Uber officials claim to investigate the backgrounds of prospective drivers, and require drivers to carry auto insurance. However, since their drivers don’t need to get commercial liability insurance, insurance companies may not always fully cover anyone they injure. In fact, if the policyholder was making money while driving, insurance providers may refuse to pay an accident claim.
When the driver’s auto insurance doesn’t cover passenger injuries in an Uber accident, victims may be expected to cover the accident with their own insurance. However, this solution is not always feasible, since many riders have limited insurance or no insurance at all because they may not drive automobiles.
Uber does claim to have a $2 million policy to handle any damages not covered by their drivers’ insurance. However, many states note that there may be holes in the ride-sharing company’s coverage, which could leave some people— such as a pedestrian struck by a ride-share driver—unprotected.
Sexual Harassment and Assault Risks in Ride Sharing
Uber’s sexual harassment problem has been gaining attention recently. There have been numerous reports of riders facing sexual harassment or being made to feel at risk by their ride-share drivers. Women riders in particular have reported being hassled, groped, and physically detained by their Uber drivers. There have also been allegations of physical assault and kidnappings.
While taxi drivers have also been reported for having assaulted passengers in the past, cab companies are usually accountable in such cases. Taxi drivers are required to have the phone number of their employer, full name, and ID displayed prominently in their cab so riders can easily voice a complaint. Uber doesn’t hold their employees to this level of accountability, since it doesn’t provide a readily-available number or method for submitting complaint. This makes it hard to give these cases the immediate and serious attention they deserve.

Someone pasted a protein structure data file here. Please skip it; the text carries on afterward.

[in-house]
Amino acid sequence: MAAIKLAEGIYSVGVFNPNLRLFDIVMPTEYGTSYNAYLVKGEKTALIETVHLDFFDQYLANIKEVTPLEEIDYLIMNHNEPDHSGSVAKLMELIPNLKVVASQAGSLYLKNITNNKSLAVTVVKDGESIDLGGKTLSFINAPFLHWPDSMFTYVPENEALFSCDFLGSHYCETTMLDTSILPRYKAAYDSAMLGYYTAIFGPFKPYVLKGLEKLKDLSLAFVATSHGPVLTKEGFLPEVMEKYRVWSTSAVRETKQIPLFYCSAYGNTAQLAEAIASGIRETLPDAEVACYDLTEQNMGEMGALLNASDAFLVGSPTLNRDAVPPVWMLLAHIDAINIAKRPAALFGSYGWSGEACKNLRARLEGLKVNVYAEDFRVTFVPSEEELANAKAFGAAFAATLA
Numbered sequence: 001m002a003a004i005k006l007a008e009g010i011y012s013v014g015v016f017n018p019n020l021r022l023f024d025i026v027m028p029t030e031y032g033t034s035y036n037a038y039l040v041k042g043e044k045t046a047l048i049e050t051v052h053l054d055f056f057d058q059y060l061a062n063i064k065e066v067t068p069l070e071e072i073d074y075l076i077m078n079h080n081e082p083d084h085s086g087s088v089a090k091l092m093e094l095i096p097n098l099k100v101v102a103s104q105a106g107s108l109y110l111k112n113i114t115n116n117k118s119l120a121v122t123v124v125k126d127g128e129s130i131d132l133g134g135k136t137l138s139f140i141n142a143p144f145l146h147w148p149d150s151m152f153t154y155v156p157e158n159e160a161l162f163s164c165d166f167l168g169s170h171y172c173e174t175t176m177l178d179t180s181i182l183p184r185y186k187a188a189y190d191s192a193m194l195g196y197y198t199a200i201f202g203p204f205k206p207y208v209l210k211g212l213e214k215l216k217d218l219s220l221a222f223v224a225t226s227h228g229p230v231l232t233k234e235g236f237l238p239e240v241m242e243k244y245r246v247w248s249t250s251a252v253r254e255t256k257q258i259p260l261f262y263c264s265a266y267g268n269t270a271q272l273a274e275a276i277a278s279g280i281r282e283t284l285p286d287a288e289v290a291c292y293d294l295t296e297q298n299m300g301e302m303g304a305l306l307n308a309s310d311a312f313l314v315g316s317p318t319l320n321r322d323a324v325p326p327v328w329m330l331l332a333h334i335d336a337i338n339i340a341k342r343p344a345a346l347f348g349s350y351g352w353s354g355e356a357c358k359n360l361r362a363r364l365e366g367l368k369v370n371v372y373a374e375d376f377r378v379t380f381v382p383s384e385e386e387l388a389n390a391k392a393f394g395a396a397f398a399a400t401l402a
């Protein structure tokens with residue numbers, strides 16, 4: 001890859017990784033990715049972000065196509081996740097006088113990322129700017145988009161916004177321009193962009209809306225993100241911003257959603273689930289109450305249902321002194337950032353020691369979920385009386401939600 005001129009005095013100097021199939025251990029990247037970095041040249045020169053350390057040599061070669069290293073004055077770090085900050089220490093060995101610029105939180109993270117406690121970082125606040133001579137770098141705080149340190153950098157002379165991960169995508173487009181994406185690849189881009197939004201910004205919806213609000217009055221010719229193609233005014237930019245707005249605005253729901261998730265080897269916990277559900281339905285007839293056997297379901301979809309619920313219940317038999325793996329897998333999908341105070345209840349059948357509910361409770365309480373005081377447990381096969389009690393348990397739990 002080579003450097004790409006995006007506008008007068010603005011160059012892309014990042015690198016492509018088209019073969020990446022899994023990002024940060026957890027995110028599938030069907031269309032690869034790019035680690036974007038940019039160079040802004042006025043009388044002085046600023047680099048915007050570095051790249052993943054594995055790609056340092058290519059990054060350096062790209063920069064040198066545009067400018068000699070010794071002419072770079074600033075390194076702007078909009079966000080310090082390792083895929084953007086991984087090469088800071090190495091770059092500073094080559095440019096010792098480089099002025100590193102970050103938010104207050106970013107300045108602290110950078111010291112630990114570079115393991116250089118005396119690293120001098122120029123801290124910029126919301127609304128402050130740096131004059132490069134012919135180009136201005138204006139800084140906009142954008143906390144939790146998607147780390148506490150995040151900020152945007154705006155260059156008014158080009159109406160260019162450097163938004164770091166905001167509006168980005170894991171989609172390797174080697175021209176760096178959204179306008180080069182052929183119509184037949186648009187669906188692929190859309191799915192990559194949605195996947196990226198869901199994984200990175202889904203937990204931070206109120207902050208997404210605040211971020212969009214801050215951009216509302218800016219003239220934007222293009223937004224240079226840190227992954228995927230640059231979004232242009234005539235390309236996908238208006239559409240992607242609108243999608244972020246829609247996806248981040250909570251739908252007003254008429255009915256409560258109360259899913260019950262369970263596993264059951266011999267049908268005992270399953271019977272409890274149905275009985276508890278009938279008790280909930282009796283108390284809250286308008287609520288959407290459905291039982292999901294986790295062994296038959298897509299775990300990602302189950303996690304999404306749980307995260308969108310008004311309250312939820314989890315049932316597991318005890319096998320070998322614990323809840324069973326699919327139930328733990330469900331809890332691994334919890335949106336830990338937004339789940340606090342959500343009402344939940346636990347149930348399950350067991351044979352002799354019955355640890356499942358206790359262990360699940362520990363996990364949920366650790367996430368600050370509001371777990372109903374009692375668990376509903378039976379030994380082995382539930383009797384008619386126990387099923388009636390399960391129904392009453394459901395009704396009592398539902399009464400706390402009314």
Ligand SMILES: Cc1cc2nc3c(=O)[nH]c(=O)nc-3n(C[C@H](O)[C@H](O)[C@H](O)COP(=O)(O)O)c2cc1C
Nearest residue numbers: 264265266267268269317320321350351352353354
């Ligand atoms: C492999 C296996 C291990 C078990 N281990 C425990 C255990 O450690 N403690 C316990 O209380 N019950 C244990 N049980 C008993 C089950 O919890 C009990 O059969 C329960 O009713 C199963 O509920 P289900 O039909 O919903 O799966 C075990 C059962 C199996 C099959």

What’s more, Uber’s terms and conditions allow the company to avoid responsibility for their driver’s actions. The fine print of Uber’s terms and conditions states “You understand, therefore, that by using the application and the service, you may be exposed to transportation that is potentially dangerous, offensive, harmful to minors, unsafe or otherwise objectionable.” By agreeing to these terms, passengers agree to use the service at their own risk.
While the process of hiring an Uber driver may seem attractively easy and inexpensive, the potential for legal trouble and consequences to insurance and personal safety can be complex and costly. If you were injured by an Uber driver—whether you are a passenger being penalized for riding in an unlicensed vehicle, a pedestrian hit by an off-duty driver, or a victim of harassment—contact a personal injury attorney in Las Vegas as soon as possible. With the aid of a seasoned legal advisor, you can get the compensation you deserve.
About the Author:
Andrew Winston is a partner at the personal injury law firm of The Law Office of Andrew Winston. He has been recognized for excellence in the representation of injured clients by admission to the Million Dollar Advocates Forum, is AV Rated by the Martindale-Hubbell Law Directory, and was recently voted by his peers as a Florida “SuperLawyer”-an honor reserved for the top 5% of lawyers in the state-and to Florida Trend’s “Legal Elite.”